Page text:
Grozny still in Ruins.
Source: Wikimedia

But on the other hand. Such a military way might enable the Georgians to defeat the Russians or at least getting some more favourable cease-fire terms. But it would be at a great cost. The Russians for example levelled the capital of Chechny Grozny to the ground in the Second Chechen War to avoid fighting in closed quarters. And the Roki Tunnel is of vital importance to the Georgian economy, too. Despite the conflict with Russia it is a major export partner for the Georgian economy. So at the end the Georgians lost the war. But they’ll be able to recover from it. Major parts of Grozny are still destroyed, the Chechen economy is poor and the population is a sitting duck between Moslem rebels and Russian soldiers. Afghanistan never recovered from their war against the Soviets, too. There is still war in the country. And the Hezbollah won against Israel but they don’t have to run the country.

Update: What a coincidence Danger Rooms runs a story with the title "Should Georgia Become a Black Sea Hezbollah?".

I actually wanted to write a column about the conflict. But I don’t have the time. So I’ll list some interesting links instead.

Update 4: I created a category about the conflict (I already used tags) to make it easier to follow the articles about it.

I’m missing some links. So I’ll update this article as soon as I find them. I had one interesting article about the failing of the Russian air force because the Georgian air defence network isn’t organised and was blinded early in the conflict and it uses Russian made weapons. But the Georgians still did well in air defences.

Update 1:
*1) Wired’s Danger Room has a statement from Reuters about those accusations.

A new War Nerd article about the War in Georgia. Including some interesting videos.

Emu - Like Zulus...

An Emu stands machine guns "like Zulus"
Source: wikicommons

If you hear about Australia’s military defeats you probably think of their participation in disasters like the Battle of Gallipoli, Vietnam War or the Iraq War. But Australia faced an even bigger military disaster in 1932. Australian troops well armed with machine guns fought an unarmed enemy and lost.

You probably never heard of such an action and think I’m making this stuff up. But no, it is the truth!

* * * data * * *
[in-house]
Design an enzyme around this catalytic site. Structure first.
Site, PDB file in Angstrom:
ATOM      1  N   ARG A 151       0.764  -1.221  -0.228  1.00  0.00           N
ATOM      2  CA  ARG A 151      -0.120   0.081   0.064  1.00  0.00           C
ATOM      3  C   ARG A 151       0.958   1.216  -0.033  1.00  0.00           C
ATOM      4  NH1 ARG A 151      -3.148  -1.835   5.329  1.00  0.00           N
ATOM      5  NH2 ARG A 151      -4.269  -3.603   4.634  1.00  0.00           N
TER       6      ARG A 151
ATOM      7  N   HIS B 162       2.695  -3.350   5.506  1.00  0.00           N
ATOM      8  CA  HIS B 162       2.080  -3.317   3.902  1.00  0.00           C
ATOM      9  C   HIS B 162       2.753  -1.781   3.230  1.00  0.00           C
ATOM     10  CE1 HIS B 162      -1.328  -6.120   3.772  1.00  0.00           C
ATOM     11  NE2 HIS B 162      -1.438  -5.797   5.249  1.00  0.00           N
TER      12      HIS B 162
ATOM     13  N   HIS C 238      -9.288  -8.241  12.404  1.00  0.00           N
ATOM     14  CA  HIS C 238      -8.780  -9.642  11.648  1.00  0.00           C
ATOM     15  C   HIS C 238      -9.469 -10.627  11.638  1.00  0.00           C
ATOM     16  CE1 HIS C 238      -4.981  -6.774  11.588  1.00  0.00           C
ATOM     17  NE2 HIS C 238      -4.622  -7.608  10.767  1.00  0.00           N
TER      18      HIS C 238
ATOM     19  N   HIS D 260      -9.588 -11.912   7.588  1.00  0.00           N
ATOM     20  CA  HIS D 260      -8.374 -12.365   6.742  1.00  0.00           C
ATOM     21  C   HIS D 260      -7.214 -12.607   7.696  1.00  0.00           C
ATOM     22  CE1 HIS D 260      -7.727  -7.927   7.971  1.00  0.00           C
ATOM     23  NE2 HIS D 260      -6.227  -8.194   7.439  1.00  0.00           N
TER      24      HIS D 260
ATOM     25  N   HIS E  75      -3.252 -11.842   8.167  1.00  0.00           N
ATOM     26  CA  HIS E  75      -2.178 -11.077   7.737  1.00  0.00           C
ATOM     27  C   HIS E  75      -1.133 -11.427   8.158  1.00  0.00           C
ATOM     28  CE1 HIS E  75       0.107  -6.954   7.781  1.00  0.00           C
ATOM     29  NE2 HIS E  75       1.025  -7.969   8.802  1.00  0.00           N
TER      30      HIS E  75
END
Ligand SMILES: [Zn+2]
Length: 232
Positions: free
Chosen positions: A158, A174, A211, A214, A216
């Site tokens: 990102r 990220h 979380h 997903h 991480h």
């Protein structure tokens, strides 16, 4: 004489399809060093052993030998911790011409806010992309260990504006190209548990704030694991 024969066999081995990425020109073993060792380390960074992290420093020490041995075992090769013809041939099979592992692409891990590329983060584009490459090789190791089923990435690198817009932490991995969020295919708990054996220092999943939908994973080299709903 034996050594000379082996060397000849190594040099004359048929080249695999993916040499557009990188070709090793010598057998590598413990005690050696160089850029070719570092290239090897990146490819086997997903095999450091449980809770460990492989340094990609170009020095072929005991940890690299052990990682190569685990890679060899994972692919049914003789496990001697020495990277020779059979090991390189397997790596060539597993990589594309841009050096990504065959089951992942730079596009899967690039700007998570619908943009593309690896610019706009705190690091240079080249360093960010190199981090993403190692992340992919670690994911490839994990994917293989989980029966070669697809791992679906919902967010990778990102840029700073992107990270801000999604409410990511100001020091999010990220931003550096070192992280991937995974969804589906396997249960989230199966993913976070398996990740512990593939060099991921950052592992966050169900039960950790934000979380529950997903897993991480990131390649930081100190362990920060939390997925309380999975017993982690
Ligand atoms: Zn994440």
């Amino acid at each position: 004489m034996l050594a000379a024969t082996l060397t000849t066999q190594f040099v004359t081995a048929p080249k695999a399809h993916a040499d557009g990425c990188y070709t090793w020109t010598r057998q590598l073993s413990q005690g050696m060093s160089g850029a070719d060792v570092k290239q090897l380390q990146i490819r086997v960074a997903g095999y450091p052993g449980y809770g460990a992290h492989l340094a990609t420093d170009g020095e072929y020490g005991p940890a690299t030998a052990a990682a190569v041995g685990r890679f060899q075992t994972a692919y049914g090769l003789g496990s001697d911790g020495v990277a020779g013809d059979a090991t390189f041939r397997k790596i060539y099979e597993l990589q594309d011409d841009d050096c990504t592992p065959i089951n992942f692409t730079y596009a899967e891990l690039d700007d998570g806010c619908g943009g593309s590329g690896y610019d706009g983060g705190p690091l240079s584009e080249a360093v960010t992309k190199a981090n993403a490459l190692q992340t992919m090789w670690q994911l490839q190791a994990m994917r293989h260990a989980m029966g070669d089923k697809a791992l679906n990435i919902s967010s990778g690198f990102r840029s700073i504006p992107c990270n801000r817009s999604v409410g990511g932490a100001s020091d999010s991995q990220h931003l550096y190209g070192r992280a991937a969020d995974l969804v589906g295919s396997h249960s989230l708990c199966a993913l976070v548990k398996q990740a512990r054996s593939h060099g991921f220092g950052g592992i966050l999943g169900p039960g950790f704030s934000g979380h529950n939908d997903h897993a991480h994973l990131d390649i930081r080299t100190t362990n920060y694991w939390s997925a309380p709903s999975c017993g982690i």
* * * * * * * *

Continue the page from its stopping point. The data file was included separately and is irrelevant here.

Australia’s largest bird the Emu (No not crying teenagers. These are called Emos) was the enemy. The Emu population in Murchison district of Western Australia had grown in the 1930s and Emus looking for food and water had caused destruction to local farms. Farmers started to fear for their crops and called in the Australian army.

A group of Australian soldiers equipped with machine guns went into action against about 20,000 soft-feathered, flightless birds. Probably everybody suspected this to be a quick action (a "turkey shooting"). But shooting blindly into a group of birds which can run up to 50 km/h (30 mph) did not brought the expected results. The birds simply ran away even after being hit by a machine gun round.

Major Meredith – the Australian commander in the "Emu war" – was astonished and noted "if we had a military division with the bullet-carrying capacity of these birds, it would face any army in the world. They could face machine guns with the invulnerability of tanks. They are like Zulus…".

After a few days the Defence Minister ordered a withdrawal. And thus the "Emu War" ended in a military defeat for Australia.

A convoy of French soldiers was ambushed 50 km east of Kabul. The battle lasted for 24 hours and left 10 French soldiers dead and 21 wounded. The ISAF HQ in Kabul was attacked by rockets but they missed. An attack on a NATO base – called Camp Salerno – in Khost by six suicide bombers was repelled. On Monday nine Afghans died when a suicide bomber attacked t he gate of the same base.

These are all signs of the increase in Taliban activities in Afghanistan. The number of dangerous areas increases and even Kabul is now surrounded by unfriendly territories. The main highway connecting Kandahar and Kabul was a major project of the US after the Taliban were pushed back in 2001. But now heavy attacks on the road increase and it is impossible to drive along without protection. The Afghan Army has to occupy former Soviet positions along the road to protect the road.

The NATO troops are getting more and more tense. Firing as soon as they fear an attack. Which is another big success for the Taliban. The NATO troops are more and more alienating themselves. Every new dangerous area on the map is another success for the Taliban. Because it means that they conquered the "hearts and minds" of the local people or the local governor/warlord. The NATO troops seem to be weak they drive by by day but by night the Talibs rule the streets. While the NATO comes by day and gives presents and tries sweet talk the Talibs come by night and chop of the hands of every suspected traitor. These are your options as a peasant.

Here is a BBC video about the situation on the Kabul-Kandahar-Highway. (It can’t be embedded).

Btw. the last major Soviet operation in Afghanistan was an operation to free the highway to Khost.

Here is a precise timeline of the war in Georgia. It contains pretty interesting information, e.g. a list of ambassadors meeting with Georgian representatives in the days before outbreak of the war.

Update: Cryptome has a list of military equipment purchased and used by Georgia.

Update 2: I made a more detailed list of links and facts about the War in Georgia/South Ossetia.